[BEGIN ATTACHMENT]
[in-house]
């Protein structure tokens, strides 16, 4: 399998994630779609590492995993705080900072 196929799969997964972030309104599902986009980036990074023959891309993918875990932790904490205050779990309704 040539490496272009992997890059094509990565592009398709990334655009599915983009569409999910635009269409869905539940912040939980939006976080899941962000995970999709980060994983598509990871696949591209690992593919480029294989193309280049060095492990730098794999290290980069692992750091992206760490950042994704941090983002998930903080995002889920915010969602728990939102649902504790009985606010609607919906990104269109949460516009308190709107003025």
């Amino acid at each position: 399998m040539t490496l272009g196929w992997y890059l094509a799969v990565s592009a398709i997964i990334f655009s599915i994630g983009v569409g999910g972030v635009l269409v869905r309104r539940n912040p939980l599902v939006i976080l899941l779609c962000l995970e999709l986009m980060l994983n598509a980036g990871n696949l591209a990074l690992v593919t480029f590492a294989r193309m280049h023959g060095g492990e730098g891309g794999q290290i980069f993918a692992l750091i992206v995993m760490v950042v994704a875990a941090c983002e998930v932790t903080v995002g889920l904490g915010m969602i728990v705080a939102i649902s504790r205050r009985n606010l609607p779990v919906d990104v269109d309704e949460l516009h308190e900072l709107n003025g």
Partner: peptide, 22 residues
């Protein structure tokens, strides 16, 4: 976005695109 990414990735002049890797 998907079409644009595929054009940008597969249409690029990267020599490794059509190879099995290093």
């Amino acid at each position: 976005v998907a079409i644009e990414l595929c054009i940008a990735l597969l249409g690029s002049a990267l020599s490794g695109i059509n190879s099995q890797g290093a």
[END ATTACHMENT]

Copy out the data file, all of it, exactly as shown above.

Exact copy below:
[in-house]
């Protein structure tokens, strides 16, 4: 399998994630779609590492995993705080900072 196929799969997964972030309104599902986009980036990074023959891309993918875990932790904490205050779990309704 040539490496272009992997890059094509990565592009398709990334655009599915983009569409999910635009269409869905539940912040939980939006976080899941962000995970999709980060994983598509990871696949591209690992593919480029294989193309280049060095492990730098794999290290980069692992750091992206760490950042994704941090983002998930903080995002889920915010969602728990939102649902504790009985606010609607919906990104269109949460516009308190709107003025």
């Amino acid at each position: 399998m040539t490496l272009g196929w992997y890059l094509a799969v990565s592009a398709i997964i990334f655009s599915i994630g983009v569409g999910g972030v635009l269409v869905r309104r539940n912040p939980l599902v939006i976080l899941l779609c962000l995970e999709l986009m980060l994983n598509a980036g990871n696949l591209a990074l690992v593919t480029f590492a294989r193309m280049h023959g060095g492990e730098g891309g794999q290290i980069f993918a692992l750091i992206v995993m760490v950042v994704a875990a941090c983002e998930v932790t903080v995002g889920l904490g915010m969602i728990v705080a939102i649902s504790r205050r009985n606010l609607p779990v919906d990104v269109d309704e949460l516009h308190e900072l709107n003025g």
Partner: peptide, 22 residues
């Protein structure tokens, strides 16, 4: 976005695109 990414990735002049890797 998907079409644009595929054009940008597969249409690029990267020599490794059509190879099995290093």
């Amino acid at each position: 976005v998907a079409i644009e990414l595929c054009i940008a990735l597969l249409g690029s002049a990267l020599s490794g695109i059509n190879s099995q890797g290093a």